Preston So

In the first part of our two-part blog series on Drush 10, we covered the fascinating history of Drush and how it came to become one of the most successful projects in the Drupal ecosystem. After all, many of us know many of the most common Drush commands by heart, and it’s difficult to imagine a world without Drush when it comes to Drupal’s developer experience. Coming on the heels of Drupal 8.8, Drush 10...

Preston So

If you’ve touched a Drupal site at any point in the last ten years, it’s very likely you came into contact with Drush (a portmanteau of “Drupal shell”), the command-line interface (CLI) used by countless developers to work with Drupal without touching the administrative interface. Drush has a long and storied trajectory in the Drupal community. Though many other Drupal-associated projects have since been forgotten and relegated to the annals of Drupal history, Drush remains...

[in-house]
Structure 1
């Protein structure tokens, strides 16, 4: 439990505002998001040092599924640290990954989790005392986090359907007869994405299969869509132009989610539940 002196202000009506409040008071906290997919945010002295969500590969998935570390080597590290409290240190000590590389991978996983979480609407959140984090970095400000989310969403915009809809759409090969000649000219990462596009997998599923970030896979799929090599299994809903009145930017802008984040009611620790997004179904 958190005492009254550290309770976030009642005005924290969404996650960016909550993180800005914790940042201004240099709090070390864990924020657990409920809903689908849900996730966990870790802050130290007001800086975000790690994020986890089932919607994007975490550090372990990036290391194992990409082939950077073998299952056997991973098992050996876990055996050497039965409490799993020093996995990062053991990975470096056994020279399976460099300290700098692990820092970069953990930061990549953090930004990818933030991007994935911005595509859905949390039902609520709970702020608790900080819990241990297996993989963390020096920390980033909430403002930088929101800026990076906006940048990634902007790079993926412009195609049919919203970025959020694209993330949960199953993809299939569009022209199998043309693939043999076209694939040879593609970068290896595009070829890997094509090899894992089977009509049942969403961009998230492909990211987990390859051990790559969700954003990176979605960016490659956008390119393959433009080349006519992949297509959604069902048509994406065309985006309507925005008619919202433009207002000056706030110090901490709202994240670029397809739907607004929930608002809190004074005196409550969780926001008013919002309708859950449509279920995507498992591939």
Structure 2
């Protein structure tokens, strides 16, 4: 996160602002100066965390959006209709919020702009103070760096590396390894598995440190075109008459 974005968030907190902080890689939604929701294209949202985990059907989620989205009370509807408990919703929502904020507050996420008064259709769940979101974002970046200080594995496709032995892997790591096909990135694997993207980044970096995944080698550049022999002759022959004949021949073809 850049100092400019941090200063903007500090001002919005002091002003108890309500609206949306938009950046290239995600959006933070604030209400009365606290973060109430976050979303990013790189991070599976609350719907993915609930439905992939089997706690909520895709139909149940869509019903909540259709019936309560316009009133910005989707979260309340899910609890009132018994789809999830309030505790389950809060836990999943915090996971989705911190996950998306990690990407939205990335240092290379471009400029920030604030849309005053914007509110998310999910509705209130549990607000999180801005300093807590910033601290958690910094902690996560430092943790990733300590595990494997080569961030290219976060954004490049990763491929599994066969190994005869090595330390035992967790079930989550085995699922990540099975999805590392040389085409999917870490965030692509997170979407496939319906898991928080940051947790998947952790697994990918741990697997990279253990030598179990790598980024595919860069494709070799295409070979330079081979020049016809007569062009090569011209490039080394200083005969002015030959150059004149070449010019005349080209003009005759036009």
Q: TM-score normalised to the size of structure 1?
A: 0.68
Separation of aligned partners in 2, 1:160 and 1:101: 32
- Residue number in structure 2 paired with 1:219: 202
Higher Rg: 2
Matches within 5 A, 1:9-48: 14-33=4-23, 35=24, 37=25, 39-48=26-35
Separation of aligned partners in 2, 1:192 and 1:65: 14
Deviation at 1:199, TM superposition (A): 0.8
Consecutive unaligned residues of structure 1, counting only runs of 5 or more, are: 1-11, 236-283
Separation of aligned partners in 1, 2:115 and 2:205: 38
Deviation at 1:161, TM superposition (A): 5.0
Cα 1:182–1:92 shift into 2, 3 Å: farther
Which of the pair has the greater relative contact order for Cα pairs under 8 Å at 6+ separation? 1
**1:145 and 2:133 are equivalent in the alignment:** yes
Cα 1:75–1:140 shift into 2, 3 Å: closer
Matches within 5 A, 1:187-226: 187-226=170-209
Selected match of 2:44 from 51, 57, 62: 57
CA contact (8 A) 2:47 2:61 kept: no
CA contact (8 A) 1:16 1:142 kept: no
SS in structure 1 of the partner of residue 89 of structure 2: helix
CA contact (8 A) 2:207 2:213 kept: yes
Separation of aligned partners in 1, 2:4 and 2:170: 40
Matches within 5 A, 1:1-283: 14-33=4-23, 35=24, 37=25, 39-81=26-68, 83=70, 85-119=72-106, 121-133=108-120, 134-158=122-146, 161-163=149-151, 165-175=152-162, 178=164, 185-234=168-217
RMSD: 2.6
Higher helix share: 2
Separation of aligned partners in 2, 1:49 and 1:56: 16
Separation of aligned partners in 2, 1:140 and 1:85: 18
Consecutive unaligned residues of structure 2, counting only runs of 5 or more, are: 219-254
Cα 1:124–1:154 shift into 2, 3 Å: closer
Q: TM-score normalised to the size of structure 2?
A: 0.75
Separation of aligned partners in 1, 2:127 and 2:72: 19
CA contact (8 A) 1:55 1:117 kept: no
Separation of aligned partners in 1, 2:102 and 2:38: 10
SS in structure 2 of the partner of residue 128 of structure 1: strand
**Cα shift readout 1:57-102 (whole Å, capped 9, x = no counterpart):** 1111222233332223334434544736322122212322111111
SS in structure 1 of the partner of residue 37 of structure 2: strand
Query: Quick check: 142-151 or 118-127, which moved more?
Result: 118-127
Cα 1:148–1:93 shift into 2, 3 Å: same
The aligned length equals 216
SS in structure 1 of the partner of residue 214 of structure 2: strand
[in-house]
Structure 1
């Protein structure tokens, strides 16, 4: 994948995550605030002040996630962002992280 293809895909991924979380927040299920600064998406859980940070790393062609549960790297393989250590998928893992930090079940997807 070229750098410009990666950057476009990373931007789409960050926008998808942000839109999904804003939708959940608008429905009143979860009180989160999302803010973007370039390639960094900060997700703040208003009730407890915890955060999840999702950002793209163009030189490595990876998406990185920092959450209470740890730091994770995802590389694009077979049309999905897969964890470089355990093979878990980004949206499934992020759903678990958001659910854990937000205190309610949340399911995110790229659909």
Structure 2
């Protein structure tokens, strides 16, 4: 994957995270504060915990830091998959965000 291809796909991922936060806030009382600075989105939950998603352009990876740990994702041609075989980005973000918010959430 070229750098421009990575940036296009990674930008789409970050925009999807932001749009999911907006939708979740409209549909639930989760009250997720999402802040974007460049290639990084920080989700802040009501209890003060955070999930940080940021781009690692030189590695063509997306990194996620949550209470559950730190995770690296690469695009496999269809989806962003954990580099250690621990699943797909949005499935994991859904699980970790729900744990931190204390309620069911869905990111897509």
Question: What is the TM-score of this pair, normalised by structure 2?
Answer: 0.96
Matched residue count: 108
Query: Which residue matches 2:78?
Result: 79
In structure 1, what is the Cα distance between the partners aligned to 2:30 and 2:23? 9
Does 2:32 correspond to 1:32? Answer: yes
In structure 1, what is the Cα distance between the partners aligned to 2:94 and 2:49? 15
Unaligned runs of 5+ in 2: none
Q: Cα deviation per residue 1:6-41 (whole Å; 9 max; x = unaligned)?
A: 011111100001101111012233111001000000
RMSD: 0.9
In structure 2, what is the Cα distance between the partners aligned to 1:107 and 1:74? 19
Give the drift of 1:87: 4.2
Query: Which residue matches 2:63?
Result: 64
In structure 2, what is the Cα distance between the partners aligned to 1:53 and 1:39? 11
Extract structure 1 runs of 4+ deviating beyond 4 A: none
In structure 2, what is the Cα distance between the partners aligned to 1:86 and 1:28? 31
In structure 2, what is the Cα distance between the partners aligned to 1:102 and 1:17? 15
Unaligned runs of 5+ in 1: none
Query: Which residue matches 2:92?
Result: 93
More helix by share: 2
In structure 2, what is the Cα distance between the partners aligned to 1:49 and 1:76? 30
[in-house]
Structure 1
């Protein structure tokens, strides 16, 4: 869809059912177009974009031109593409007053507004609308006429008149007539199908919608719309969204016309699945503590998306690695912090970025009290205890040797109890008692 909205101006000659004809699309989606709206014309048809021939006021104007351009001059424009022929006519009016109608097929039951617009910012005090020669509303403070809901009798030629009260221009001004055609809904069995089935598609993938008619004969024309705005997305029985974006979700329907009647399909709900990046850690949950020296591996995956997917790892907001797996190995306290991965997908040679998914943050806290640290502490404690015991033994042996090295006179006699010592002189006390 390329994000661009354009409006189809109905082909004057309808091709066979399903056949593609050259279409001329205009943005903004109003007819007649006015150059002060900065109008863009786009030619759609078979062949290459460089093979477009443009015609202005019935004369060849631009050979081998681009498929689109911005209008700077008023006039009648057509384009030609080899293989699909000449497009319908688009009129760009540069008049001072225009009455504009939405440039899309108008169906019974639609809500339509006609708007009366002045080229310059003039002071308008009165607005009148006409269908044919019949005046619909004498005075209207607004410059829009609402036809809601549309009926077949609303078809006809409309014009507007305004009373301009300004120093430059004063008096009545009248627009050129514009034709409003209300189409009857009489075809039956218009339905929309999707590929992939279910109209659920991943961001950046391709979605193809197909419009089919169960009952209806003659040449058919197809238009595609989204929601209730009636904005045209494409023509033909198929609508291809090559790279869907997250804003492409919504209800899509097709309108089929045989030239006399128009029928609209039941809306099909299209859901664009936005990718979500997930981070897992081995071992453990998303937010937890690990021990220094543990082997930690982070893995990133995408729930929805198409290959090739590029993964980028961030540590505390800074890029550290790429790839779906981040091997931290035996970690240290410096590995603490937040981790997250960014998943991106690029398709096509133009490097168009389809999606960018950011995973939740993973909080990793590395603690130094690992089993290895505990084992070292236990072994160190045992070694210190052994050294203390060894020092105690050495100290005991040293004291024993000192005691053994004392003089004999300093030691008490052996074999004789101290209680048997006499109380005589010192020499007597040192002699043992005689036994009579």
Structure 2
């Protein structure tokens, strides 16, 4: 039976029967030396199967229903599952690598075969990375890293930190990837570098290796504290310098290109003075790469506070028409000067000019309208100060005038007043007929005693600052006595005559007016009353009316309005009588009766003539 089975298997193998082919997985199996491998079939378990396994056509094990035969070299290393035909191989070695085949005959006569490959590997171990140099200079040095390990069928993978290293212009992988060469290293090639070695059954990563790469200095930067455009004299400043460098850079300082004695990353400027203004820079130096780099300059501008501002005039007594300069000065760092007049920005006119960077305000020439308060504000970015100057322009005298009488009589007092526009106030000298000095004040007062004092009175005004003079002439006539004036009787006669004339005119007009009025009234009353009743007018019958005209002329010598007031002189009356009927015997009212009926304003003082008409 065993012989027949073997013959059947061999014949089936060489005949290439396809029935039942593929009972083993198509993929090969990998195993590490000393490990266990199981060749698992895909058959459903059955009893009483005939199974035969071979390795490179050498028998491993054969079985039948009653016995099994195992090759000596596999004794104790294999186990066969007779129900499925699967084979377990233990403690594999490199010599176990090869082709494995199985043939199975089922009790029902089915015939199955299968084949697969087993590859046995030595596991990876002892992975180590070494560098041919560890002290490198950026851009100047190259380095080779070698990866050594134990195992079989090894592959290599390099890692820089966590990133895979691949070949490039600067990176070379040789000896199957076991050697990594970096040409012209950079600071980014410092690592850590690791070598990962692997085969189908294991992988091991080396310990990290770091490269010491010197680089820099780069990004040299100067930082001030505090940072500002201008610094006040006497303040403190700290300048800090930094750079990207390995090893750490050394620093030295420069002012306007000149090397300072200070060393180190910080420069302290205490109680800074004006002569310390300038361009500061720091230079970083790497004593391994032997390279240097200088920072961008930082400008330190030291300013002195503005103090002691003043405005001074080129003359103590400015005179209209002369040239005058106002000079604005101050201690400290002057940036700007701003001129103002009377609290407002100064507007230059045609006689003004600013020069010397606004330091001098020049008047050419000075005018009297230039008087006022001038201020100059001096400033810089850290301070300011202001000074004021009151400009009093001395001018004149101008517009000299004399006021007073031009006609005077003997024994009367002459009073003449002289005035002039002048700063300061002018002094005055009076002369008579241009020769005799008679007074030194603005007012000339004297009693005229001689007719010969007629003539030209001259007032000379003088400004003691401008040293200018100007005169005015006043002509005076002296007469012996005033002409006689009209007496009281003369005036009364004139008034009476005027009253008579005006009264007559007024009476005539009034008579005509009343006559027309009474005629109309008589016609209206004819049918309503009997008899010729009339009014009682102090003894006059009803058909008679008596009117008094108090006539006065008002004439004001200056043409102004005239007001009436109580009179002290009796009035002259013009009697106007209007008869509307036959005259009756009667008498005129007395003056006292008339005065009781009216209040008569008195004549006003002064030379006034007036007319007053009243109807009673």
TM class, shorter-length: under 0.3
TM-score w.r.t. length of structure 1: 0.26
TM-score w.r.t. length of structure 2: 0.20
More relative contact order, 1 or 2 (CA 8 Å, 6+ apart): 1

Preston So

With the release of Drupal 8.8, Drush is also due for an upgrade — to Drush 10. For this venerable command-line interface that many Drupal developers know intimately well, what does the present and future look like? What considerations should we keep in mind when selecting Drupal Console or Drush? What new features are available in Drush 10 that characterize the new CI/CD approaches we see expanding in the Drupal community? In this Tag1 Team...

Jeff Sheltren

I was recently working on scripting some OS installs of CentOS 5 and 6. As part of the deployment, I required drush be installed. Now, I’ve considered using the drush package found in EPEL but it don’t meet my needs for a number of reasons: It is built for Drupal 6. It has a dependency on the Drupal 6 package in EPEL meaning I have to install that if I want to pull in drush...